Thursday, September 20 2018

A horse in Oregon is suing his former owner for negligence.

According to news reports, Justice, an eight-year-old American quarter horse formerly known as Shadow, has filed a lawsuit against his former owner seeking at least $100,000 in damages for veterinary care, as well as “for pain and suffering.”

The lawsuit, actually filed by the Animal Legal Defense Fund, charges that the horse had been left outside and underfed by his owner, who later pleaded guilty to criminal neglect. After being taken to an equine rescue center, a veterinarian’s exam revealed severe malnourishment, lice infestation and other long-lasting medical conditions requiring care. In addition to seeking to have Justice’s expenses paid for into the future, the case seeks to have the horse recognized as a proper plaintiff.

“There have been a lot of efforts to try to get animals not only to be protected but to have the right to go to court when their rights are violated,” said Matthew Liebman, director of litigation at the Animal Legal Defense Fund. “[Those] haven’t found the right key to the courthouse door. And we’re hopeful that this is the key.”


Judge Votes to End Candidate Dispute
Tuesday, September 11 2018

A California judge rejected a lawsuit filed by one Congressional candidate against another over the right to be identified as a small business owner on the November ballot.

According to news reports, a lawsuit was filed against GOP Congressional (California's 39th District) candidate Young Kim, owner of public relations firm YK Connections, claiming she did not have the right to identify herself as a small business owner. The Kim campaign blamed Democratic Congressional opponent Gil Cisneros for funding the “frivolous” lawsuit. Cisneros, who won $266 million in a Mega Million lottery jackpot, did not respond to questions whether he funded the lawsuit filed by two small-business owners.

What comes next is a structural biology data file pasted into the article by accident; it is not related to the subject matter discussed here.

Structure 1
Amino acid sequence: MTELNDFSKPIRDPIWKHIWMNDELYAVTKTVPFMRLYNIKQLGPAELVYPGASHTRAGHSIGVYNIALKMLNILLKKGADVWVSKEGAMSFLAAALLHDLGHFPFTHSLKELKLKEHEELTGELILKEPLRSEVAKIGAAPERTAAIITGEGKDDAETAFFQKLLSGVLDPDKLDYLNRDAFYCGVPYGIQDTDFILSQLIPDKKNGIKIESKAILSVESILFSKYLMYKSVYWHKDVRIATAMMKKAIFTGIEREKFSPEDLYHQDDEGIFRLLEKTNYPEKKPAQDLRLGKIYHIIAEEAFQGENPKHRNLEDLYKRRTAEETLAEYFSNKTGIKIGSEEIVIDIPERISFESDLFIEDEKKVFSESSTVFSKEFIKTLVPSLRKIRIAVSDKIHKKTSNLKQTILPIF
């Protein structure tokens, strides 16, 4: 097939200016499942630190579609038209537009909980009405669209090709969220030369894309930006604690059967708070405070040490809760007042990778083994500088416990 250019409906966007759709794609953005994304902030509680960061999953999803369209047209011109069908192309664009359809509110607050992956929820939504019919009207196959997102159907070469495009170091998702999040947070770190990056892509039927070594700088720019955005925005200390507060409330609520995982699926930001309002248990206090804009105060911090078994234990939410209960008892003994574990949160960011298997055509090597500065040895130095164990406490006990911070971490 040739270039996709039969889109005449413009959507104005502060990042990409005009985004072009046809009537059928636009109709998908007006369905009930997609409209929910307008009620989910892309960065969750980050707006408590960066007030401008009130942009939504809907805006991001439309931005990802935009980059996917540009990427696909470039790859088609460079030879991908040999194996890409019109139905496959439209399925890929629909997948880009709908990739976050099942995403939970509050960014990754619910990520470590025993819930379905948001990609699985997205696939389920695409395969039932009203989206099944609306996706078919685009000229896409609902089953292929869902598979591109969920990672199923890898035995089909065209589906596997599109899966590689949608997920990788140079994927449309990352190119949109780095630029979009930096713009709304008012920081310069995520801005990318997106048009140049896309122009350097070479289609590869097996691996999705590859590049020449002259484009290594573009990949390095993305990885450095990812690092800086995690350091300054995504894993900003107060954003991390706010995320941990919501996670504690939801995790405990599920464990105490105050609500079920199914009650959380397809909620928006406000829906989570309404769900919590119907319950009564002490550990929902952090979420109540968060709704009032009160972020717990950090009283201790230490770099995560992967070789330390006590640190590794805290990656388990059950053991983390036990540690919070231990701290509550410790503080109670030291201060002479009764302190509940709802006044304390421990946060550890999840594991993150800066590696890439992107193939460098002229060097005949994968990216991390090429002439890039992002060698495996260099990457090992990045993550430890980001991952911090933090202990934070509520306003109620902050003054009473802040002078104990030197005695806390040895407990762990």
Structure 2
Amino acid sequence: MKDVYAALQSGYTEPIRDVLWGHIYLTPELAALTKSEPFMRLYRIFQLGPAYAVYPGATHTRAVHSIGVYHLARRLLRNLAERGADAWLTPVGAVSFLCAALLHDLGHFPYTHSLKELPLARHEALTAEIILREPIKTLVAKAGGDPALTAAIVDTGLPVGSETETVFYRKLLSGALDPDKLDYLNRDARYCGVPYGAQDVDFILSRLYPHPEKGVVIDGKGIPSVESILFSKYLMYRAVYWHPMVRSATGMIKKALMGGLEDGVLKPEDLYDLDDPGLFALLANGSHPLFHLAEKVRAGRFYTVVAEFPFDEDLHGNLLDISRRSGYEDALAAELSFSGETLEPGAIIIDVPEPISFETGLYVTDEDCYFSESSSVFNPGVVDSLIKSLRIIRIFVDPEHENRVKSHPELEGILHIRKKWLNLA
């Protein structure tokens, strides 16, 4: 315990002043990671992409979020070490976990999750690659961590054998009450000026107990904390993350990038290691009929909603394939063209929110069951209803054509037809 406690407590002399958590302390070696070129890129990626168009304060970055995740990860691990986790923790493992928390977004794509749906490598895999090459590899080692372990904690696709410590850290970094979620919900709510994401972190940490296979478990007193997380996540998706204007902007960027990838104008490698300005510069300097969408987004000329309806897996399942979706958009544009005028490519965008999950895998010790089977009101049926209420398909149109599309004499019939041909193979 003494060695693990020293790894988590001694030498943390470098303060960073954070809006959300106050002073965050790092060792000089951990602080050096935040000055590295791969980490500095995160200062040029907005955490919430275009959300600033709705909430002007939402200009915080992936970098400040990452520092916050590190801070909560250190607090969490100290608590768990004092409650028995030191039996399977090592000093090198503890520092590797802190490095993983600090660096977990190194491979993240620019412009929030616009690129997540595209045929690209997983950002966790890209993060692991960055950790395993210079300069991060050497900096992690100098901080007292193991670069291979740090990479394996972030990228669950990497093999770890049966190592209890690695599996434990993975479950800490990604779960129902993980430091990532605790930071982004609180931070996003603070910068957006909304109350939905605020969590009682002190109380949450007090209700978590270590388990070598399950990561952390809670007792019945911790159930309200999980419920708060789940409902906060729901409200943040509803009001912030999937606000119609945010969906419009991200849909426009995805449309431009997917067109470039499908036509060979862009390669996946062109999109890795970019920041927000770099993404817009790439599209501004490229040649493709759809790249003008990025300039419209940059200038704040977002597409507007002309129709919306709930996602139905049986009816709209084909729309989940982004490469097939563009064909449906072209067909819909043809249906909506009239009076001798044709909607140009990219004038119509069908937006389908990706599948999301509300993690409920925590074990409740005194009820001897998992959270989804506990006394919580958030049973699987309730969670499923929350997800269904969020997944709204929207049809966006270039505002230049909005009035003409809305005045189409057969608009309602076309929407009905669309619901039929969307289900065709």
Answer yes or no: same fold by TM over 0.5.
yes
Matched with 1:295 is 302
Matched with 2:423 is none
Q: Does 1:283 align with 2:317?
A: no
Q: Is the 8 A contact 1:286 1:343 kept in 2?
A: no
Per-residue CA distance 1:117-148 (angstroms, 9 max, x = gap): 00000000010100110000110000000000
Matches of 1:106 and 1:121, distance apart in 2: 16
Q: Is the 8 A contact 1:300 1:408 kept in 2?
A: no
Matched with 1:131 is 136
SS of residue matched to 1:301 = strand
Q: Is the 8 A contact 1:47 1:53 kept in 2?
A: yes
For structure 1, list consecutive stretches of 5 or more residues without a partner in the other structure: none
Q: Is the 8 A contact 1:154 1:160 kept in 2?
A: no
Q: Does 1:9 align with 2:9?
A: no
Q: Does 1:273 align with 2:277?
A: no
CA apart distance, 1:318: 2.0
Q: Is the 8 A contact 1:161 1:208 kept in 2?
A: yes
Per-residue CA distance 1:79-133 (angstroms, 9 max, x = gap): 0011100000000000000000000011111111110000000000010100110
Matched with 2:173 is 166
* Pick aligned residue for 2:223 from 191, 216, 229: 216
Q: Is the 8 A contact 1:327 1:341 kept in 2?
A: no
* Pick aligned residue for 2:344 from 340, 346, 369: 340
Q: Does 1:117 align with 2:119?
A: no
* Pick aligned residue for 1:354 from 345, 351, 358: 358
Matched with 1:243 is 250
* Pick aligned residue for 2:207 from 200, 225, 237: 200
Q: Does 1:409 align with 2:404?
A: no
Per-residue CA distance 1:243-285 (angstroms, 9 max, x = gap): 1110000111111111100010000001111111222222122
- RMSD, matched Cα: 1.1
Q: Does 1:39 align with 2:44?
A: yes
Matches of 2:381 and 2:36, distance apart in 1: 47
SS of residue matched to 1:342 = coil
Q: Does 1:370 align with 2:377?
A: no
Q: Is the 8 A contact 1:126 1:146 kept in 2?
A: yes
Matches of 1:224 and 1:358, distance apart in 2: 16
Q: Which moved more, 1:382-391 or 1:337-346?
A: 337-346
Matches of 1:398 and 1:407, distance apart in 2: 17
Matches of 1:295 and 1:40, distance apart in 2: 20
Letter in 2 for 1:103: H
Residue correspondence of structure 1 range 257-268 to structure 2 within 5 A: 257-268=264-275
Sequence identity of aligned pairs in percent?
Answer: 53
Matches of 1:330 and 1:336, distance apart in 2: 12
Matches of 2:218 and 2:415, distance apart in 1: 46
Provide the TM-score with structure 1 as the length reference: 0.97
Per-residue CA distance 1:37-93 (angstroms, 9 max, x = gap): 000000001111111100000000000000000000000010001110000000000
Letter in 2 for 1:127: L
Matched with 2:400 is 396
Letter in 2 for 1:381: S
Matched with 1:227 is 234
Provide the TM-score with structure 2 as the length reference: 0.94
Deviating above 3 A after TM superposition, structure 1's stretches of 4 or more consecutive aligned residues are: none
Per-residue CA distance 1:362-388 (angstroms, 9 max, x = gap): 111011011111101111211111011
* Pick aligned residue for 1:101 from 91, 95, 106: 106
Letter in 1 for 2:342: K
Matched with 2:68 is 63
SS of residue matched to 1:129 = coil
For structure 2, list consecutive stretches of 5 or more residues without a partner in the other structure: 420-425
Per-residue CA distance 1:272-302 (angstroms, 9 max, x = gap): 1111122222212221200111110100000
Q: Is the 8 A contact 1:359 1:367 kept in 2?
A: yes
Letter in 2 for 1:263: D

"Winning the lotto doesn't give you the right to bully other candidates, and it certainly doesn't mean you can buy an election," said Kim spokesman David Gilliard. "The judge saw right through this false lawsuit and outright rejected this attempt to smear Young Kim's well-documented history as a local small-business owner."

In ruling for Kim and rejecting the lawsuit, Judge Allen Sumner wrote, “The court is not convinced petitioners have even made a prima facie showing Kim's ‘small business owner' ballot designation is either false or misleading. Assuming they did, Kim's declaration sufficiently rebuts any such showing."

In rejecting the lawsuit, the judge determined the case was unmerited because it didn't consider that the business in question is a sole proprietorship and is not required to file taxes or incorporation documents with the state, contrary to plaintiffs’ claim. Instead, the judge noted Kim appropriately reported the income from her sole proprietor business on her personal income tax returns.

Kim's ballot description was approved by California's secretary of state for the June 5 primary and went unchallenged. The lawsuit was filed after Kim and Cisneros were the top two finishers in the primary.

Source: The Washingtn Free Beacon

Question of the Week   
Which one of the following ships started out as a racing vessel, was fitted out as a slave ship, a Union gunboat and ultimately sank as a commercial vessel?
More Questions
Quote of the Day   
"With Americans working and with money in their pockets again, with the 2020 election approaching, Democrats are reaching for the race card the way a sick man reaches for the waters of Lourdes. Desperately. Their allies in media followed suit, with Trump called everything from a white supremacist, to a Nazi, and on and on. ...Watching our politics, as some Americans have their individuality stripped…[more]
—John Kass, Chicago Tribune
— John Kass, Chicago Tribune
Liberty Poll